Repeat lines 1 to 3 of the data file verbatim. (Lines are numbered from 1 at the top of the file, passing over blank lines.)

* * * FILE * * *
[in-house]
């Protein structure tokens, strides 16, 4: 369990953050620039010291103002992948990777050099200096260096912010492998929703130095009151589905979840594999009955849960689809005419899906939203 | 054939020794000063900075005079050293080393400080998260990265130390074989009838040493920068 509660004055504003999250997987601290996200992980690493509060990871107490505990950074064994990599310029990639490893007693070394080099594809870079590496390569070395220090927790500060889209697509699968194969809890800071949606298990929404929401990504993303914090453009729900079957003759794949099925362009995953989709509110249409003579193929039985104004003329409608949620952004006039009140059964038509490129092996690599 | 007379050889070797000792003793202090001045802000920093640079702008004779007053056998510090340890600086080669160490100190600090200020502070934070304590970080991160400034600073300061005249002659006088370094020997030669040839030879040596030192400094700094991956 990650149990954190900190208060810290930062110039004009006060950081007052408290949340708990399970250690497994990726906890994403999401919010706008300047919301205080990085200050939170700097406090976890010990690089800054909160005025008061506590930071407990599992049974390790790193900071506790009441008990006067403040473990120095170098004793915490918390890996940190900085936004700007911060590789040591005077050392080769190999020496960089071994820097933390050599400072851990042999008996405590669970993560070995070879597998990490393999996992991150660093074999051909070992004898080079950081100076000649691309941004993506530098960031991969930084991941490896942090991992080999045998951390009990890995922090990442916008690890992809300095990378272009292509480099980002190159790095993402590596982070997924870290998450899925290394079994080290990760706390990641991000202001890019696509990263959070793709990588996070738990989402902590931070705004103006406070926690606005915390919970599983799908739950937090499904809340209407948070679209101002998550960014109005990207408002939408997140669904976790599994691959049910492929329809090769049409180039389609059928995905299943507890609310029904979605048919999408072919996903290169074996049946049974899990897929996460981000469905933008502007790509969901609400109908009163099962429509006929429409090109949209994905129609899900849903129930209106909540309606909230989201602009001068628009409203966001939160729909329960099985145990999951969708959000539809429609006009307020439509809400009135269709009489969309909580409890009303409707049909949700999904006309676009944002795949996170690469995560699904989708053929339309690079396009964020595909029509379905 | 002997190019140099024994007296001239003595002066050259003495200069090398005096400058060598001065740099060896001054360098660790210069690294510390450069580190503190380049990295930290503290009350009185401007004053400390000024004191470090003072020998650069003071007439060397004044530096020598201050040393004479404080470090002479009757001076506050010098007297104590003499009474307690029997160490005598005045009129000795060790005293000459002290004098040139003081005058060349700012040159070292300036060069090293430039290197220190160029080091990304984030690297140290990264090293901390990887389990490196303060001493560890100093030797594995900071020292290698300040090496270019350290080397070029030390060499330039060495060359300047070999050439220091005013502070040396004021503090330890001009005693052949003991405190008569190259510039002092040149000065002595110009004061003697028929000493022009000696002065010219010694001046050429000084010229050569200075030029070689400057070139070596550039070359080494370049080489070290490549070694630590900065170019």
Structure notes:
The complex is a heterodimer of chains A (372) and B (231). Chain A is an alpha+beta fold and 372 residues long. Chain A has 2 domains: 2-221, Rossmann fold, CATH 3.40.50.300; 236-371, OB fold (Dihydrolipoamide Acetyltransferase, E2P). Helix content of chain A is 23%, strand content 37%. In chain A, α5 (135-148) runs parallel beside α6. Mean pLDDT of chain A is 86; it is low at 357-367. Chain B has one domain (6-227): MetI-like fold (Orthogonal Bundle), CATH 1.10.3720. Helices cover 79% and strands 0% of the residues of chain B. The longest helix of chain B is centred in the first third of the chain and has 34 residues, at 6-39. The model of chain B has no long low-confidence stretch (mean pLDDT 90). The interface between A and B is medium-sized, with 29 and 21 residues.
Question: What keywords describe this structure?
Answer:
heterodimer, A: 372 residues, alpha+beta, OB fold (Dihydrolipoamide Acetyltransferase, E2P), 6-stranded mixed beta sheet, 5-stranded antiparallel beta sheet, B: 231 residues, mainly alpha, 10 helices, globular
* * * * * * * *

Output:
[in-house]
């Protein structure tokens, strides 16, 4: 369990953050620039010291103002992948990777050099200096260096912010492998929703130095009151589905979840594999009955849960689809005419899906939203 | 054939020794000063900075005079050293080393400080998260990265130390074989009838040493920068 509660004055504003999250997987601290996200992980690493509060990871107490505990950074064994990599310029990639490893007693070394080099594809870079590496390569070395220090927790500060889209697509699968194969809890800071949606298990929404929401990504993303914090453009729900079957003759794949099925362009995953989709509110249409003579193929039985104004003329409608949620952004006039009140059964038509490129092996690599 | 007379050889070797000792003793202090001045802000920093640079702008004779007053056998510090340890600086080669160490100190600090200020502070934070304590970080991160400034600073300061005249002659006088370094020997030669040839030879040596030192400094700094991956 990650149990954190900190208060810290930062110039004009006060950081007052408290949340708990399970250690497994990726906890994403999401919010706008300047919301205080990085200050939170700097406090976890010990690089800054909160005025008061506590930071407990599992049974390790790193900071506790009441008990006067403040473990120095170098004793915490918390890996940190900085936004700007911060590789040591005077050392080769190999020496960089071994820097933390050599400072851990042999008996405590669970993560070995070879597998990490393999996992991150660093074999051909070992004898080079950081100076000649691309941004993506530098960031991969930084991941490896942090991992080999045998951390009990890995922090990442916008690890992809300095990378272009292509480099980002190159790095993402590596982070997924870290998450899925290394079994080290990760706390990641991000202001890019696509990263959070793709990588996070738990989402902590931070705004103006406070926690606005915390919970599983799908739950937090499904809340209407948070679209101002998550960014109005990207408002939408997140669904976790599994691959049910492929329809090769049409180039389609059928995905299943507890609310029904979605048919999408072919996903290169074996049946049974899990897929996460981000469905933008502007790509969901609400109908009163099962429509006929429409090109949209994905129609899900849903129930209106909540309606909230989201602009001068628009409203966001939160729909329960099985145990999951969708959000539809429609006009307020439509809400009135269709009489969309909580409890009303409707049909949700999904006309676009944002795949996170690469995560699904989708053929339309690079396009964020595909029509379905 | 002997190019140099024994007296001239003595002066050259003495200069090398005096400058060598001065740099060896001054360098660790210069690294510390450069580190503190380049990295930290503290009350009185401007004053400390000024004191470090003072020998650069003071007439060397004044530096020598201050040393004479404080470090002479009757001076506050010098007297104590003499009474307690029997160490005598005045009129000795060790005293000459002290004098040139003081005058060349700012040159070292300036060069090293430039290197220190160029080091990304984030690297140290990264090293901390990887389990490196303060001493560890100093030797594995900071020292290698300040090496270019350290080397070029030390060499330039060495060359300047070999050439220091005013502070040396004021503090330890001009005693052949003991405190008569190259510039002092040149000065002595110009004061003697028929000493022009000696002065010219010694001046050429000084010229050569200075030029070689400057070139070596550039070359080494370049080489070290490549070694630590900065170019």
Structure notes: